The algorithm you can’t have control over, but you can have control over the bid, and you can influence the engagement of the ad. If the ad is relevant to your target audience, it will automatically increase the probability of the ad being served, as well as reduce your CPC so you can achieve a better performance for your ad.


If your conversion value is X, what you should do is set you daily budget at 25X of the conversion rate. There’s different things you should test with, and this is one with the initial daily budget strategy that’s recommended by FB – taking 25 to 50 times of your conversion value and put it as your data budget. When it comes to creative, aside from audience targeting, is the second most important thing. There are multiple things I’d like to talk about, the imagery and copy must be relevant, but also you have multiple ad formats.


It’s important to test all of them – video, canvas, and any new formats. Another test is placement. Usually we like to create different ad sets based on targeting so we can have more control of different things like budget, etc. In any case, another possibility is placement, and by that I mean desktop vs. mobile, mobile vs. right hand rail, plus Instagram. So, placement is important, too. What I mean by making every second count, we mean video. What we’ve seen is that video has the highest engagement, but you know how to deal with it.


It’s a different type of format all together. For example, the first few seconds are the most important because in those seconds, people are 70 percent more likely to finish it. I should take a step back and say the recommendation is to have 15 or 30 seconds, not more or less. That’s optimal. The first three have to be engaging, and the video has to optimize for mute, and that leaves you to think about how you engage your audience without audio. The imagery and video has to have an impact.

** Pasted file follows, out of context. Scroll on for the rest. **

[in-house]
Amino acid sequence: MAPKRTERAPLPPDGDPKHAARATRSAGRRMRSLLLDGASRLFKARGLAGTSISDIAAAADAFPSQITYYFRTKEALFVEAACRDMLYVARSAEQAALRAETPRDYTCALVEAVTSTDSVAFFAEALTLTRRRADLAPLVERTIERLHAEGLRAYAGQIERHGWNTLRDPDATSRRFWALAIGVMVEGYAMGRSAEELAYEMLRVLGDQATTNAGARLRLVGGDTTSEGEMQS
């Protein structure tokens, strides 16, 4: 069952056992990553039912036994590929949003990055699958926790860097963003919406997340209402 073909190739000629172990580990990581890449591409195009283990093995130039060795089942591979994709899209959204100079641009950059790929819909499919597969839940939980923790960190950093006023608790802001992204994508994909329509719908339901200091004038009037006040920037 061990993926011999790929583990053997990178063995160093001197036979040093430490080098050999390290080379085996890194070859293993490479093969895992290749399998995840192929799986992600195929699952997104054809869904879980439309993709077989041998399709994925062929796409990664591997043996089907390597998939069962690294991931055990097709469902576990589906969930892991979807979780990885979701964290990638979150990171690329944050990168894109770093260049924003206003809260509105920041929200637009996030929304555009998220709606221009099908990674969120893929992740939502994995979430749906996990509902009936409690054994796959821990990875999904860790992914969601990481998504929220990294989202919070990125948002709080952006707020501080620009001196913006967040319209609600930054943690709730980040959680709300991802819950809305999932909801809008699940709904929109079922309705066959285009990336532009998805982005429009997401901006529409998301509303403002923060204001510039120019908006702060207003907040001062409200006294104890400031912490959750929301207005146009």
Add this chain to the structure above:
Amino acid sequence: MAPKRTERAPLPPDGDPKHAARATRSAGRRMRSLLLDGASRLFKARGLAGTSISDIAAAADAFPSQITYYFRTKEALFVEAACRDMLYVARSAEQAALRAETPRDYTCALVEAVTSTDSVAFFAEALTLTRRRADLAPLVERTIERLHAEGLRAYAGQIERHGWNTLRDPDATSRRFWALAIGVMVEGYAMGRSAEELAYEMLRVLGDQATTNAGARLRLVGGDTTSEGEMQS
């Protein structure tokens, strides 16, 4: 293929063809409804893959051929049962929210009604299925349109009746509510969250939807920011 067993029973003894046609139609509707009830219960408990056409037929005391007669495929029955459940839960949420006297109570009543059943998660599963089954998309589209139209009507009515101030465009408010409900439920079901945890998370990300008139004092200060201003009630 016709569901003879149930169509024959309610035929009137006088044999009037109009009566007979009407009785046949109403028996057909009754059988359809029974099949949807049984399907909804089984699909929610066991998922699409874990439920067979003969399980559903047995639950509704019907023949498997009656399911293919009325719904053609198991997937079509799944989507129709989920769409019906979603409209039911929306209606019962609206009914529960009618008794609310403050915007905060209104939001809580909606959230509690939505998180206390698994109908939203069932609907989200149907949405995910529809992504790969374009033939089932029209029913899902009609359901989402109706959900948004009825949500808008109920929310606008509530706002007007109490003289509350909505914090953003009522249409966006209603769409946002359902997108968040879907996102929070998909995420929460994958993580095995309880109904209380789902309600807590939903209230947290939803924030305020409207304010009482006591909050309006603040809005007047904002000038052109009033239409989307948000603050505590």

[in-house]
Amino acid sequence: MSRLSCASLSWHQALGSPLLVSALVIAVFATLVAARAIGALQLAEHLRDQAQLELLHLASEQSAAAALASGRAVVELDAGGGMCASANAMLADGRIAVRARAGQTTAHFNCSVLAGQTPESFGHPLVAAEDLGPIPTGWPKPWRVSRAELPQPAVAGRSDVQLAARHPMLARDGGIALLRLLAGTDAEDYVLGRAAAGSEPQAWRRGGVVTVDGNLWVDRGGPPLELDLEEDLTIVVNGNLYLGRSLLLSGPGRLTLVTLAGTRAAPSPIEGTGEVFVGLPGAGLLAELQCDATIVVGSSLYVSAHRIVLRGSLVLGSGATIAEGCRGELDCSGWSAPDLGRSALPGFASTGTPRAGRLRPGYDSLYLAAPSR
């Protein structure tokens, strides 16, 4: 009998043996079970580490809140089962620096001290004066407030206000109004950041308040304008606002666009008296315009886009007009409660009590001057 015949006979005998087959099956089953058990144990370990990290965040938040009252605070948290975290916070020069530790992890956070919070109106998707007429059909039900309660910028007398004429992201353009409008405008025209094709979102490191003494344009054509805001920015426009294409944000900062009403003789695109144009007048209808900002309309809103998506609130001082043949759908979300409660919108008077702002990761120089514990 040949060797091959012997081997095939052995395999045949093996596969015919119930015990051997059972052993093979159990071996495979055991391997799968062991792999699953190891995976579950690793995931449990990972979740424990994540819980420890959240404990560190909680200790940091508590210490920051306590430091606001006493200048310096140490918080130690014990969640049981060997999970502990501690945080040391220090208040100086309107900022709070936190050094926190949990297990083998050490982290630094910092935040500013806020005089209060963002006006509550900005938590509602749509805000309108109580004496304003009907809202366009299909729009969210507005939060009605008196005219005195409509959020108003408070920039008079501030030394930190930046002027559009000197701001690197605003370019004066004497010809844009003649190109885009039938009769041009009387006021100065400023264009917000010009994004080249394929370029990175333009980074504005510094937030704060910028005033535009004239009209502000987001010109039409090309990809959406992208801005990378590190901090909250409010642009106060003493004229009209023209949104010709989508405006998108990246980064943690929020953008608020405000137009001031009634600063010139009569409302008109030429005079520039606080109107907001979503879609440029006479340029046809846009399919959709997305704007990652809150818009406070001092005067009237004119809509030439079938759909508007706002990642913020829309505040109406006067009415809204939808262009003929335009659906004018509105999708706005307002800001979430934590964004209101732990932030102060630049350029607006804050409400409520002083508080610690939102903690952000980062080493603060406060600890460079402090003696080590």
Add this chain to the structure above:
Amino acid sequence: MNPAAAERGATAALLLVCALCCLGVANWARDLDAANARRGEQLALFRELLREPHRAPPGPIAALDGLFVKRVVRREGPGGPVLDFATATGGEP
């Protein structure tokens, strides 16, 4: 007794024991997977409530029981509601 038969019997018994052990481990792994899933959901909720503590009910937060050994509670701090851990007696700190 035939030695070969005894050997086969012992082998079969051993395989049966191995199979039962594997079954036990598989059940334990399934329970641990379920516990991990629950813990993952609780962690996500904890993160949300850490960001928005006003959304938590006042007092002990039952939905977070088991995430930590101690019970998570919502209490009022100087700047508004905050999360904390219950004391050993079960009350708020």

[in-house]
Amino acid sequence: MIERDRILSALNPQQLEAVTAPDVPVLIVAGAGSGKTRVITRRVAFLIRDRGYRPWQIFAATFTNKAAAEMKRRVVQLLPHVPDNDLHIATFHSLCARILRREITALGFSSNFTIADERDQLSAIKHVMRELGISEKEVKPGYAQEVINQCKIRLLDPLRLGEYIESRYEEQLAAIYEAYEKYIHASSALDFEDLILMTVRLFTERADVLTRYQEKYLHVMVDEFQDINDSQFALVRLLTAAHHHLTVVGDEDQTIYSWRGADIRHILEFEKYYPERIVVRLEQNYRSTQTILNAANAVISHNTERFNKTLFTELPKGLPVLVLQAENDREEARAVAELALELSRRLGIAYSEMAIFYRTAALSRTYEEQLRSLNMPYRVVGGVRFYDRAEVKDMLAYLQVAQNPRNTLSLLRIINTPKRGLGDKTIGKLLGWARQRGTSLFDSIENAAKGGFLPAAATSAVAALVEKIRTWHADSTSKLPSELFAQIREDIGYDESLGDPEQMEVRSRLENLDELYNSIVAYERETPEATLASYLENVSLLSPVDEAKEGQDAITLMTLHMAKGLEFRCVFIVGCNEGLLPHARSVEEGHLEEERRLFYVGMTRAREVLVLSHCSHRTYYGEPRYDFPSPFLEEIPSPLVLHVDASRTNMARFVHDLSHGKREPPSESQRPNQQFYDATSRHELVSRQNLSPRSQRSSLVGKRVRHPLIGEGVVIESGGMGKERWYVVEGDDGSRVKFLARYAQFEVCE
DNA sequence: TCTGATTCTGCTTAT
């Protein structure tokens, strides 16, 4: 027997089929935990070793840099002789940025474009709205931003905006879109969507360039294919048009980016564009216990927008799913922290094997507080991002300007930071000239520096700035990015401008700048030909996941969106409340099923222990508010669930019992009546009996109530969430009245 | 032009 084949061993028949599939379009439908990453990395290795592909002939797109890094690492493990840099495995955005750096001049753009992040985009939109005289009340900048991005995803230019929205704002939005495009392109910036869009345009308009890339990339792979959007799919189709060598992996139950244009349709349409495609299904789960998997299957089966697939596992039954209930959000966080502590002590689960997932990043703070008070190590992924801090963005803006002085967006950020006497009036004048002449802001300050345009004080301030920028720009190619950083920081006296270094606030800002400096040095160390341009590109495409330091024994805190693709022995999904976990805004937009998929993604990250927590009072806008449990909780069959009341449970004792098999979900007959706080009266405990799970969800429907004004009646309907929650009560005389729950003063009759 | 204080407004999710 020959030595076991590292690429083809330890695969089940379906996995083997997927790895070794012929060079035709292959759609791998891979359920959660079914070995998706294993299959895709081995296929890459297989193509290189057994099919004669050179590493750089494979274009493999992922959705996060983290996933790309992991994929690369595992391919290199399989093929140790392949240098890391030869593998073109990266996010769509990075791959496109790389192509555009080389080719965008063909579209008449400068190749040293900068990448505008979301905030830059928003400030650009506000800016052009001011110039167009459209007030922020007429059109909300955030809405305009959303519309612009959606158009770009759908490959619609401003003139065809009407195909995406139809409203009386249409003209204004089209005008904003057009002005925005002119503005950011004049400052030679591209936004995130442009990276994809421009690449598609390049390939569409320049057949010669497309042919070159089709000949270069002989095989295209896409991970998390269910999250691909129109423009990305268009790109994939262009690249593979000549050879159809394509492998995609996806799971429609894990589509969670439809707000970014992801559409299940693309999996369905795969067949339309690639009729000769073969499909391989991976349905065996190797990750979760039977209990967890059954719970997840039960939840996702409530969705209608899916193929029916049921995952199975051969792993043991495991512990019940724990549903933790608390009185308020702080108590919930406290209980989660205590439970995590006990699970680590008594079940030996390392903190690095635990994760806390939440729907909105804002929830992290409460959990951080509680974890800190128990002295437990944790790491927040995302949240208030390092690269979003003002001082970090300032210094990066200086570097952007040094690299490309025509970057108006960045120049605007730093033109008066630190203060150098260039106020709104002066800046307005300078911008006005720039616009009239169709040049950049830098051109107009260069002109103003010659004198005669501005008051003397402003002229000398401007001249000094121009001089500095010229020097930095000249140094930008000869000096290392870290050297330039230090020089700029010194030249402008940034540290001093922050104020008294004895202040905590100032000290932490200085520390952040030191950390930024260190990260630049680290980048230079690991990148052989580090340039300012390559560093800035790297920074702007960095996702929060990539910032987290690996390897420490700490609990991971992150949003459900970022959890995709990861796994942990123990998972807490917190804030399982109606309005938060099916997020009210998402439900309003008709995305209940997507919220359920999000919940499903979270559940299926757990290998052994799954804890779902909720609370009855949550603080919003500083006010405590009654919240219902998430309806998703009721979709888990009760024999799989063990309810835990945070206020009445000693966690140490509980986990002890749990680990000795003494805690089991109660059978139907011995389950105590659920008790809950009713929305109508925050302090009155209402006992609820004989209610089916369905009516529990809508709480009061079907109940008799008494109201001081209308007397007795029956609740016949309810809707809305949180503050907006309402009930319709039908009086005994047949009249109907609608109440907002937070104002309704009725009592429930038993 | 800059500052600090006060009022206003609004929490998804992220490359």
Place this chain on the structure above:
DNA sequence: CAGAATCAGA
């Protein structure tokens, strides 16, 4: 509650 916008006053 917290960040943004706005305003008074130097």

On top of that, we need captions on the video, and what FB has done is they do auto-captioning, but we suggest you go in and add your own captions. Always have the sound off, go in, and add your own captions. When we say test and adjust, take your conversion metrics you’re going after, adjust based on that, and if you set up tracking correctly, that’s the first most important thing. What we like to do, as I said, we like to test the audience itself. We segment our audience by the top one percent, three percent, five percent, etc.


It’s important because sometimes you might have, based on momentum, the top three percent performing better than the top one percent. For example, you may need to exclude the top one percent so you’re not double-serving. Now that we established Facebook lead ads are good, the other important thing is FB has become for everyone an integral part of the holistic cross-channel media planning. The reason is it’s providing to all other channels. Even if you’re doing lead ads, you’ll get the social media from it, a web site click; improve lift to your search. It has an effect on every channel. This is what we see when it comes to digital marketing, and the modern user journey.


Just share data, on a recent campaign, a Facebook direct response ad campaign that we did for a client, what we noticed was, on the high end, an incredible lift to the website conversion. We were driving traffic to a specific landing page, and a specific funnel, and tunneling of traffic – we notice people who saw or interacted with the ad who haven’t converted on a last click basis, they took their time, did research, and came back to the client website and converted there. Through that, we were able to increase conversions on the client’s website up to 76 percent. For the client, it was a revelation.